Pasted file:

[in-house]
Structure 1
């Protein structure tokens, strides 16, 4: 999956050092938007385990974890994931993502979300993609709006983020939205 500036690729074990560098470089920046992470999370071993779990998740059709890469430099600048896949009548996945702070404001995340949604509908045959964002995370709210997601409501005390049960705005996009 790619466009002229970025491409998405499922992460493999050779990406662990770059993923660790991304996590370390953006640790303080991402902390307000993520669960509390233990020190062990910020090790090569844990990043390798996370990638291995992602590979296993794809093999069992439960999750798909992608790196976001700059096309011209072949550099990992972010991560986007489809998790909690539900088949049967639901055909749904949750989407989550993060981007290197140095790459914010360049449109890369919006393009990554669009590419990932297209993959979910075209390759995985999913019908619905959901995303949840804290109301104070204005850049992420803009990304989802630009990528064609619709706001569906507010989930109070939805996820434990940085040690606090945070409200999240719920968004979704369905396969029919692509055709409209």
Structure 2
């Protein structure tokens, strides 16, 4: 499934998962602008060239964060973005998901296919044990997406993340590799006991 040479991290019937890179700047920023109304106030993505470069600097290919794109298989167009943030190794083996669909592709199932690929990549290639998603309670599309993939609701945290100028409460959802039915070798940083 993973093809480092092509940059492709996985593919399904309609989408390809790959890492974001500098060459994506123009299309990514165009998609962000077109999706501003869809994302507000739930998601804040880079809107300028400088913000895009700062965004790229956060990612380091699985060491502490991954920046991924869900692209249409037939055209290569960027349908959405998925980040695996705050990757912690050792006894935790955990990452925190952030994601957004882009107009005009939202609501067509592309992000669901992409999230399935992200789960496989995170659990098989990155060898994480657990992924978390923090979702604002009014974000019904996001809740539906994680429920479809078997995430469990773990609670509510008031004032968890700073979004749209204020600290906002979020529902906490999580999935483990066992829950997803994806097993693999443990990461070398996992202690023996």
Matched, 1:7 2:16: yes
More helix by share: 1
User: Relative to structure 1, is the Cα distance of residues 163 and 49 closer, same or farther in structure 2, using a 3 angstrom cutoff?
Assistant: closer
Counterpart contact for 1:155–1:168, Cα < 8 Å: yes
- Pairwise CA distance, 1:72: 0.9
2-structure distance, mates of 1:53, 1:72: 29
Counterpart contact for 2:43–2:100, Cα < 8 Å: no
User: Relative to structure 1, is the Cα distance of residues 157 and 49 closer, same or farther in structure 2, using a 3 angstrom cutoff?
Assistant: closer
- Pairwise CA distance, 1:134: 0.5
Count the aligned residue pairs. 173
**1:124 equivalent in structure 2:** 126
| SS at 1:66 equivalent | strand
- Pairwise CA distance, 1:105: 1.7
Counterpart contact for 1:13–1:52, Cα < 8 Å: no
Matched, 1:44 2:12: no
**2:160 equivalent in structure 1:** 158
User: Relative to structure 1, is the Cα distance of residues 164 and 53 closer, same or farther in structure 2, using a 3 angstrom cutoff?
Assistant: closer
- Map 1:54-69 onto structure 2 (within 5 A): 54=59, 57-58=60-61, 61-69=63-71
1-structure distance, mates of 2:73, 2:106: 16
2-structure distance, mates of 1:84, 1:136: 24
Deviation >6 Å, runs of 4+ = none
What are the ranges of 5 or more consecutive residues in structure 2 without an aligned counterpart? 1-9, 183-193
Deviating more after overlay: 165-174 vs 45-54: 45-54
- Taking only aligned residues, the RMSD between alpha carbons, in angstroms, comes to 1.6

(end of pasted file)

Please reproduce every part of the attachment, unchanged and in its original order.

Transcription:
[in-house]
Structure 1
């Protein structure tokens, strides 16, 4: 999956050092938007385990974890994931993502979300993609709006983020939205 500036690729074990560098470089920046992470999370071993779990998740059709890469430099600048896949009548996945702070404001995340949604509908045959964002995370709210997601409501005390049960705005996009 790619466009002229970025491409998405499922992460493999050779990406662990770059993923660790991304996590370390953006640790303080991402902390307000993520669960509390233990020190062990910020090790090569844990990043390798996370990638291995992602590979296993794809093999069992439960999750798909992608790196976001700059096309011209072949550099990992972010991560986007489809998790909690539900088949049967639901055909749904949750989407989550993060981007290197140095790459914010360049449109890369919006393009990554669009590419990932297209993959979910075209390759995985999913019908619905959901995303949840804290109301104070204005850049992420803009990304989802630009990528064609619709706001569906507010989930109070939805996820434990940085040690606090945070409200999240719920968004979704369905396969029919692509055709409209």
Structure 2
């Protein structure tokens, strides 16, 4: 499934998962602008060239964060973005998901296919044990997406993340590799006991 040479991290019937890179700047920023109304106030993505470069600097290919794109298989167009943030190794083996669909592709199932690929990549290639998603309670599309993939609701945290100028409460959802039915070798940083 993973093809480092092509940059492709996985593919399904309609989408390809790959890492974001500098060459994506123009299309990514165009998609962000077109999706501003869809994302507000739930998601804040880079809107300028400088913000895009700062965004790229956060990612380091699985060491502490991954920046991924869900692209249409037939055209290569960027349908959405998925980040695996705050990757912690050792006894935790955990990452925190952030994601957004882009107009005009939202609501067509592309992000669901992409999230399935992200789960496989995170659990098989990155060898994480657990992924978390923090979702604002009014974000019904996001809740539906994680429920479809078997995430469990773990609670509510008031004032968890700073979004749209204020600290906002979020529902906490999580999935483990066992829950997803994806097993693999443990990461070398996992202690023996």
Matched, 1:7 2:16: yes
More helix by share: 1
User: Relative to structure 1, is the Cα distance of residues 163 and 49 closer, same or farther in structure 2, using a 3 angstrom cutoff?
Assistant: closer
Counterpart contact for 1:155–1:168, Cα < 8 Å: yes
- Pairwise CA distance, 1:72: 0.9
2-structure distance, mates of 1:53, 1:72: 29
Counterpart contact for 2:43–2:100, Cα < 8 Å: no
User: Relative to structure 1, is the Cα distance of residues 157 and 49 closer, same or farther in structure 2, using a 3 angstrom cutoff?
Assistant: closer
- Pairwise CA distance, 1:134: 0.5
Count the aligned residue pairs. 173
**1:124 equivalent in structure 2:** 126
| SS at 1:66 equivalent | strand
- Pairwise CA distance, 1:105: 1.7
Counterpart contact for 1:13–1:52, Cα < 8 Å: no
Matched, 1:44 2:12: no
**2:160 equivalent in structure 1:** 158
User: Relative to structure 1, is the Cα distance of residues 164 and 53 closer, same or farther in structure 2, using a 3 angstrom cutoff?
Assistant: closer
- Map 1:54-69 onto structure 2 (within 5 A): 54=59, 57-58=60-61, 61-69=63-71
1-structure distance, mates of 2:73, 2:106: 16
2-structure distance, mates of 1:84, 1:136: 24
Deviation >6 Å, runs of 4+ = none
What are the ranges of 5 or more consecutive residues in structure 2 without an aligned counterpart? 1-9, 183-193
Deviating more after overlay: 165-174 vs 45-54: 45-54
- Taking only aligned residues, the RMSD between alpha carbons, in angstroms, comes to 1.6